Relaxing the measures introduced to prevent the spread of the coronavirus in Bosnia is “certainly a mistake” at this time, Dr. Andrej Trampuz, Head of Infectiology and Septic Surgery at Charité – Universitätsmedizin Berlin, one of Europe's largest university hospitals, told N1, arguing that even stricter measures should be introduced until the country vaccinates enough of its population.
The daily numbers of new coronavirus infections have decreased in Bosnia and Herzegovina since recently and local healthcare authorities have decided to somewhat relax the measures. This includes, among other things, allowing visits to retirement homes. Authorities are also considering allowing spectators to attend sports matches.
According to Dr. Trampuz, “this is certainly a mistake, especially in regard to the elderly.”
“Until we vaccinate this vulnerable population over the age of 70, the virus will be transmitted in those homes to the elderly. There we have mortality rates of up to 30 percent, every third person who becomes infected can die from the coronavirus. Therefore, it would be best to allow visits to these homes only when everyone has been vaccinated,” he explained.
Dr. Trampuz also commented on the fact that Bosnia and Herzegovina is late in the process of vaccinating its population.
So far, only 2,000 doses of the Sputnik V vaccine for health workers in Bosnia’s Republika Srpska (RS) entity have entered the country.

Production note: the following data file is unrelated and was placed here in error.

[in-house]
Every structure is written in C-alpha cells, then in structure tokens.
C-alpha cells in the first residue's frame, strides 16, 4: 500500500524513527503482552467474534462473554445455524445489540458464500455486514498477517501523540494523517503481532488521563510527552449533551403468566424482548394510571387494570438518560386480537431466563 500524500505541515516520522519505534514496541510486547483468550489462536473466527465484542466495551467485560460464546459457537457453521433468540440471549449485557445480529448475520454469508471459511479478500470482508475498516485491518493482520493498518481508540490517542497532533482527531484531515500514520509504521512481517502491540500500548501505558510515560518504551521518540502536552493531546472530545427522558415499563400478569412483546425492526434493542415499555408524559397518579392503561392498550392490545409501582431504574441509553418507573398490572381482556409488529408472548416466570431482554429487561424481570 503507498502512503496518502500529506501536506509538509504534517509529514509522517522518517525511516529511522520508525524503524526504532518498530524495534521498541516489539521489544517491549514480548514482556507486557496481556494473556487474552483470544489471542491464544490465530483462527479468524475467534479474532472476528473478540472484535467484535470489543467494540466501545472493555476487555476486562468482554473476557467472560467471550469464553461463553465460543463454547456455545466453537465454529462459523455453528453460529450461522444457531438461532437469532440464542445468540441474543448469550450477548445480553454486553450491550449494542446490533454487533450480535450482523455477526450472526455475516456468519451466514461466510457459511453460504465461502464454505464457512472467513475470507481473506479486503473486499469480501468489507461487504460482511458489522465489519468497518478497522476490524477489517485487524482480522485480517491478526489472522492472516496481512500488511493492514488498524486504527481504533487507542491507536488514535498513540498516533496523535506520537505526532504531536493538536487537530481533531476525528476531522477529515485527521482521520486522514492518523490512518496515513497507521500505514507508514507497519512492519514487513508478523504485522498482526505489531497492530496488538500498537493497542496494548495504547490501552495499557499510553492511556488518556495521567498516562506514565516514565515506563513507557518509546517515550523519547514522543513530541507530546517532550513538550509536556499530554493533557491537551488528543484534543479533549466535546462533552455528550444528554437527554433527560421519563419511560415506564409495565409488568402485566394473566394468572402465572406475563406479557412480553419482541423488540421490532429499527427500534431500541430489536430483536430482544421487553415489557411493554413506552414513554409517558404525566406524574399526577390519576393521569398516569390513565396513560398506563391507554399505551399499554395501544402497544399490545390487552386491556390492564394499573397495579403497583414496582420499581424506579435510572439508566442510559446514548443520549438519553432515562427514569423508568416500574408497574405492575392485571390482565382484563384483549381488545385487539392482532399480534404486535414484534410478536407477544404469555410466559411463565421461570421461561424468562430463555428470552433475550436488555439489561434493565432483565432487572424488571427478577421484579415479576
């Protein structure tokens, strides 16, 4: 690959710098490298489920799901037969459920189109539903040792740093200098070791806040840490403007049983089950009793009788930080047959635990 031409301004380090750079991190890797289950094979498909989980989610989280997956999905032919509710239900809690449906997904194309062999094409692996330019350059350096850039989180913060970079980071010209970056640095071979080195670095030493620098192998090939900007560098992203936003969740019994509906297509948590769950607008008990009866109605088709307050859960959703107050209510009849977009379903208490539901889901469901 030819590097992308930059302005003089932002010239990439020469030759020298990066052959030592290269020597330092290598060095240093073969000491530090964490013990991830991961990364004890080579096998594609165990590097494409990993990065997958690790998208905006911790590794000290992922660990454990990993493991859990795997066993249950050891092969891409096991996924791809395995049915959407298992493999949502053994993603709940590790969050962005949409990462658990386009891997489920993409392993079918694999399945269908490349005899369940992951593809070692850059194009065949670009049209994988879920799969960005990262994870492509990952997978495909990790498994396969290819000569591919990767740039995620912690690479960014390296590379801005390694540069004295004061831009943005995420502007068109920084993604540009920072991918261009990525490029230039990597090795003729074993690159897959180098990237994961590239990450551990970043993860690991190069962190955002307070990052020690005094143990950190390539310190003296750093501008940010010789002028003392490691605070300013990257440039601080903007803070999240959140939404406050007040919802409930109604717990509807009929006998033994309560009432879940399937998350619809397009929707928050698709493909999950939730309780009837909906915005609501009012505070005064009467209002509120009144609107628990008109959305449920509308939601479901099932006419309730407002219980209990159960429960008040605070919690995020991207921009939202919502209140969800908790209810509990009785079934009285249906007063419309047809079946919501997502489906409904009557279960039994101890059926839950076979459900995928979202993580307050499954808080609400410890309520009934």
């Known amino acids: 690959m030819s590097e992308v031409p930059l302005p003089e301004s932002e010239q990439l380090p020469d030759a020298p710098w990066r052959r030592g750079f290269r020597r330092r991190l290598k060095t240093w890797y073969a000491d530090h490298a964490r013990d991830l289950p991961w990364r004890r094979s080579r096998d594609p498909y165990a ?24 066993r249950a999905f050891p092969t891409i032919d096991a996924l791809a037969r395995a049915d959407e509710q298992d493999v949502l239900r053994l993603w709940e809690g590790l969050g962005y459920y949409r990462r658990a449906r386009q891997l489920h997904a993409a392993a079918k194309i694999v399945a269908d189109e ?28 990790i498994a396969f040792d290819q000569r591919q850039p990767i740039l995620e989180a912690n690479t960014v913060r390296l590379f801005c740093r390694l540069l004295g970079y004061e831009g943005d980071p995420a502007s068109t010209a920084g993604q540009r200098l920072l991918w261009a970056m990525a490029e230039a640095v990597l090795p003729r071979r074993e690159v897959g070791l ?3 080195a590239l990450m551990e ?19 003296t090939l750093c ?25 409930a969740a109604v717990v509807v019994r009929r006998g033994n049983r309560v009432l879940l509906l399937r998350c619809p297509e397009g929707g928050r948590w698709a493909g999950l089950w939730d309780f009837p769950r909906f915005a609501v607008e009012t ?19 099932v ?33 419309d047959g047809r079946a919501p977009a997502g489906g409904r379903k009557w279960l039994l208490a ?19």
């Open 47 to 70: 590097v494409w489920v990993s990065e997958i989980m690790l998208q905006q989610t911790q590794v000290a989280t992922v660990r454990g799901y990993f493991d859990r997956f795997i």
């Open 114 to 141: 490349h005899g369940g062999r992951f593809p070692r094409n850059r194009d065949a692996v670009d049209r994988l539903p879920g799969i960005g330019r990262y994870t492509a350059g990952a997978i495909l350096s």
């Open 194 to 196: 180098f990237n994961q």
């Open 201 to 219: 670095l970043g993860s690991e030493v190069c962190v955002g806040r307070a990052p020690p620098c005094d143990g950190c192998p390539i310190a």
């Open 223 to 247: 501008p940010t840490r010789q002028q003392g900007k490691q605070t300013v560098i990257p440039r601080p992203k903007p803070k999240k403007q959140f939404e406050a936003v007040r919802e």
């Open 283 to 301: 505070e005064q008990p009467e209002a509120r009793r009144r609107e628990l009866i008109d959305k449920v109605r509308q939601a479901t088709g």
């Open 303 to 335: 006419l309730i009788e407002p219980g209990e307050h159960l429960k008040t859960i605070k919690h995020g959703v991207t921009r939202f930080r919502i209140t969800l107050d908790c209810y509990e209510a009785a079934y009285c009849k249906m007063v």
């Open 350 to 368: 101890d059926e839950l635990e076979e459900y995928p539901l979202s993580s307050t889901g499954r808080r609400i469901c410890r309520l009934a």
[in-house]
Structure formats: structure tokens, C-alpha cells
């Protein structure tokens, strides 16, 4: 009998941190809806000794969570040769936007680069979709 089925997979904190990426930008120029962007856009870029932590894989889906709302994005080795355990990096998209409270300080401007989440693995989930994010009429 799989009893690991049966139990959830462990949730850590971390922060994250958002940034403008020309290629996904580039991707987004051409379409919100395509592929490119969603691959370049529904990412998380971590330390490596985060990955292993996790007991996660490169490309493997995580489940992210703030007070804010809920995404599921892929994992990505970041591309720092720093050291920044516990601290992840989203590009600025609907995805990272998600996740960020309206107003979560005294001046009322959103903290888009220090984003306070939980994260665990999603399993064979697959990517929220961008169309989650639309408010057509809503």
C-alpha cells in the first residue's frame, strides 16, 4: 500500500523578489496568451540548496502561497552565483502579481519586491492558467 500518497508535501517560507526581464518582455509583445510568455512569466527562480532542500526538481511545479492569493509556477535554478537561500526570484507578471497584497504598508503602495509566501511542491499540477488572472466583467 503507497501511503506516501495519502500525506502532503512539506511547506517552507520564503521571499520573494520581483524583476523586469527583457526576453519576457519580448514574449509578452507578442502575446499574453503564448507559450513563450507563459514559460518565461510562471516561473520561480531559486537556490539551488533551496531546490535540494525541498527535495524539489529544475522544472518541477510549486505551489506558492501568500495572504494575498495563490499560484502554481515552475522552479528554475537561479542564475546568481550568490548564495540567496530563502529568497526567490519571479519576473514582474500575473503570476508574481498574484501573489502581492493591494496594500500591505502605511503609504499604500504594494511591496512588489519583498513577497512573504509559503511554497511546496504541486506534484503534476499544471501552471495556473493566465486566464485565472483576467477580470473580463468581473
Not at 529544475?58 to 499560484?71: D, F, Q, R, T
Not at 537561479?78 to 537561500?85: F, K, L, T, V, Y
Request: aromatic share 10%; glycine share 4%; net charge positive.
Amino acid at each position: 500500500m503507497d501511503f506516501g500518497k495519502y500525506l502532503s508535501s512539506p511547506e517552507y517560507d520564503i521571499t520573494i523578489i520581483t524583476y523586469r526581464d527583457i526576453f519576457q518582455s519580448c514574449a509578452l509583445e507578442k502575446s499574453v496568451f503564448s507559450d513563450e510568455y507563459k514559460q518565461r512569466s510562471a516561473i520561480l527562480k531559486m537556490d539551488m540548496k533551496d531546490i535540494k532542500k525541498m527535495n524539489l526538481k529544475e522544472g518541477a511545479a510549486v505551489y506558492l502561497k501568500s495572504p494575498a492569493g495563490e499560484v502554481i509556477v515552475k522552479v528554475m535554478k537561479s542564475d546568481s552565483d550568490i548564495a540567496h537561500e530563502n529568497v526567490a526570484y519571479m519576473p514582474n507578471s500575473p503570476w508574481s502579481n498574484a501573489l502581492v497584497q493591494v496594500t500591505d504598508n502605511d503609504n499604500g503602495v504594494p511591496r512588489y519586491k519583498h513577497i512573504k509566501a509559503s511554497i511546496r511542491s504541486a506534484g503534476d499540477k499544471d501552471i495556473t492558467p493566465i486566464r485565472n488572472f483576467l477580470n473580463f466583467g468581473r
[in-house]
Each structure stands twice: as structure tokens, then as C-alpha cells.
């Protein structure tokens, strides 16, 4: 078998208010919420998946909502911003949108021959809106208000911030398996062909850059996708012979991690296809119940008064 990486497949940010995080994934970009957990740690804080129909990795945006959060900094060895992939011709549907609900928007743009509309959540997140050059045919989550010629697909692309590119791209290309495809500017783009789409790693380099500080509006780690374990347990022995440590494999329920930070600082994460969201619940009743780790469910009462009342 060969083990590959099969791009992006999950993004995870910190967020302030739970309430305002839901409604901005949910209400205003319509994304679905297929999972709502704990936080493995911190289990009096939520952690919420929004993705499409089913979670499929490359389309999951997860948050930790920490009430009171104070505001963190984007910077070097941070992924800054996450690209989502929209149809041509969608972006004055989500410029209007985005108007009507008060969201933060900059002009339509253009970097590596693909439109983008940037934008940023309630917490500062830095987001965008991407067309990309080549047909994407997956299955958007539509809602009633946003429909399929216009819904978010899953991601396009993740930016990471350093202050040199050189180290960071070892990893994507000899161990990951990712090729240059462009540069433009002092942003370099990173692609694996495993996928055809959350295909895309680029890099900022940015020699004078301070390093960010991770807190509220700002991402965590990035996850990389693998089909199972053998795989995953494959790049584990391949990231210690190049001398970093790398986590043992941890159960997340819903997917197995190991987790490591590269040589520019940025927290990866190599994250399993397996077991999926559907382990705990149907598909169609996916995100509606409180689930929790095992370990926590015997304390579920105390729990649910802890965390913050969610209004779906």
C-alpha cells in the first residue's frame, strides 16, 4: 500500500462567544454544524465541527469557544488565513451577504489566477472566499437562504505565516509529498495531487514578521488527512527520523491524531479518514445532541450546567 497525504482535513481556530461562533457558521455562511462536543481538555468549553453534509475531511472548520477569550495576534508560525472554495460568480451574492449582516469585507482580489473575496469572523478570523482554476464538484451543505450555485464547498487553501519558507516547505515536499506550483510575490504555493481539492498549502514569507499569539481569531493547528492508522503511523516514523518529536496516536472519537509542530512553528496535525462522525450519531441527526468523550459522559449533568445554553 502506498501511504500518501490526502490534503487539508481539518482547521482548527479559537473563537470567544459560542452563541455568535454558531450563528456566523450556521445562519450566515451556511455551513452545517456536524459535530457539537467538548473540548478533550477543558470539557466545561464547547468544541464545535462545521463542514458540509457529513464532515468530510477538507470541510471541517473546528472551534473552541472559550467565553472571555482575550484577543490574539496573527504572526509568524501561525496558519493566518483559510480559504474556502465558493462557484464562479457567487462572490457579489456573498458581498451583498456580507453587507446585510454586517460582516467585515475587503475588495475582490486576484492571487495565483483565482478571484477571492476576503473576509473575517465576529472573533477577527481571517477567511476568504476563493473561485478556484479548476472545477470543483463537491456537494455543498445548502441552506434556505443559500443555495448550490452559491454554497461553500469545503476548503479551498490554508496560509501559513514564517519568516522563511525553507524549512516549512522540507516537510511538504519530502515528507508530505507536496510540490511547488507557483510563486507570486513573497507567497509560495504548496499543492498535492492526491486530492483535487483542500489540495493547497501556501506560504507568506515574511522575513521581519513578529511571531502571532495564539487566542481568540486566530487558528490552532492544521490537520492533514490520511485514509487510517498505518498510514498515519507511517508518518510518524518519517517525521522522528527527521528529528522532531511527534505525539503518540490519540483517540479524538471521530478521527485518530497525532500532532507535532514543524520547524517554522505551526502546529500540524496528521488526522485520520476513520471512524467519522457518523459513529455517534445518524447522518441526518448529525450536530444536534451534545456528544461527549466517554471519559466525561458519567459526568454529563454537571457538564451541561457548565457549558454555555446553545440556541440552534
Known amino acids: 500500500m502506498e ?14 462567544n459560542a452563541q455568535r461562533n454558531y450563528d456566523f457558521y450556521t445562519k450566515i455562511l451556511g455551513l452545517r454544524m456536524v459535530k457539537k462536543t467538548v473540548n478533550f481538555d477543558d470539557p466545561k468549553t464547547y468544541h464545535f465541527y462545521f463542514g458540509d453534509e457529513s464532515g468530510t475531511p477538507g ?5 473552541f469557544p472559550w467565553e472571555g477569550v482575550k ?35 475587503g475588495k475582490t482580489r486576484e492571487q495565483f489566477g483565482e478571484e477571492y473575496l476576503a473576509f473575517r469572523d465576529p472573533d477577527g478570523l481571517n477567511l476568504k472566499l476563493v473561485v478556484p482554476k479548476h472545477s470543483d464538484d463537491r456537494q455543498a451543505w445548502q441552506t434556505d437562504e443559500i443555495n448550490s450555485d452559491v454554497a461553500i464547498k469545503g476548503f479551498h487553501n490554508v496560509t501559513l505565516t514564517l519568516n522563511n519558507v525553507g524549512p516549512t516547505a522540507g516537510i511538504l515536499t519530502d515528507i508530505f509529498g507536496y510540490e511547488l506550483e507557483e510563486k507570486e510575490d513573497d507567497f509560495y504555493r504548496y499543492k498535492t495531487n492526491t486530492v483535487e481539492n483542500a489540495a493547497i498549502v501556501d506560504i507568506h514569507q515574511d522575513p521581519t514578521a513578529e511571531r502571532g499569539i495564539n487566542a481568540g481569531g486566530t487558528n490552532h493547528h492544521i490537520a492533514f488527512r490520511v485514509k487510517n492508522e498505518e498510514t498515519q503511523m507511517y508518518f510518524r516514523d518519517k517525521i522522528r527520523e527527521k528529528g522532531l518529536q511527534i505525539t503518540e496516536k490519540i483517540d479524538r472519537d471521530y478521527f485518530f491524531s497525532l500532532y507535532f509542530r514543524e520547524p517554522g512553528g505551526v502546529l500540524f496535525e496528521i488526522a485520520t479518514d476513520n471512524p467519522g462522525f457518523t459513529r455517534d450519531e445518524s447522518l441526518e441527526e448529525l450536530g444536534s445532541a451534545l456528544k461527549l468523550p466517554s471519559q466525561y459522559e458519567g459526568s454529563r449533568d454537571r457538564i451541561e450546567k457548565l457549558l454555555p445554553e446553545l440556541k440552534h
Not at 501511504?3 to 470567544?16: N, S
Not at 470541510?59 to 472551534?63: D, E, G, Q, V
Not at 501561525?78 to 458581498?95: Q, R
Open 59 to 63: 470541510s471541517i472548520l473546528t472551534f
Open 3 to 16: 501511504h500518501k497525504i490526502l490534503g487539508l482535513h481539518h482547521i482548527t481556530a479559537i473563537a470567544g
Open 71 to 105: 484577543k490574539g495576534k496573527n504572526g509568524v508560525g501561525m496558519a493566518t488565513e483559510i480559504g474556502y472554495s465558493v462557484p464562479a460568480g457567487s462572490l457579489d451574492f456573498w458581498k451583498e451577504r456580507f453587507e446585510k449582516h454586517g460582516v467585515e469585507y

This is not good for Bosnia, but also not for the wider region, he explained, as a time difference between states in vaccinating their population can hinder the overall process.
“We will only be able to manage this pandemic when all states have vaccinated,” he said, explaining that if Bosnia if not going through the process parallel with others, new strains could emerge and show up in other countries as well.
However, Dr. Trampuz noted that even more developed countries have difficulties in procuring vaccines, noting that he himself is also not vaccinated and neither are his parents in Slovenia “because there are not enough vaccines.”
He strongly advocated for a lockdown, arguing that stricter measures should be introduced until more vaccines are available and proposing that citizens should be given FFP2 masks and instructed to minimise physical contact with others and avoid travel and work from home.
He urged politicians to “openly say what the situation is and that we are facing a third coronavirus wave.”
“Unfortunately, many politicians are now telling people not to worry, thereby putting them at risk, the virus is starting to spread. Now, it would be good to openly say what the situation is like and to explain why with good communication,” he said.
Authorities should emphasise that new measures are “not a punishment” and should properly explain the reasons behind the introduction of curfews and other orders, he argued.
He said that new mutations of the virus “will surely come, it's just a matter of time” and argued that “we better prepare for it now.”
The daily number of new infections should reach nearly none in order for it to be safe to relax measures, he argued.
“But if we start opening up now, it will be a big problem. We would again be at the beginning as we were in December or November last year,” he said.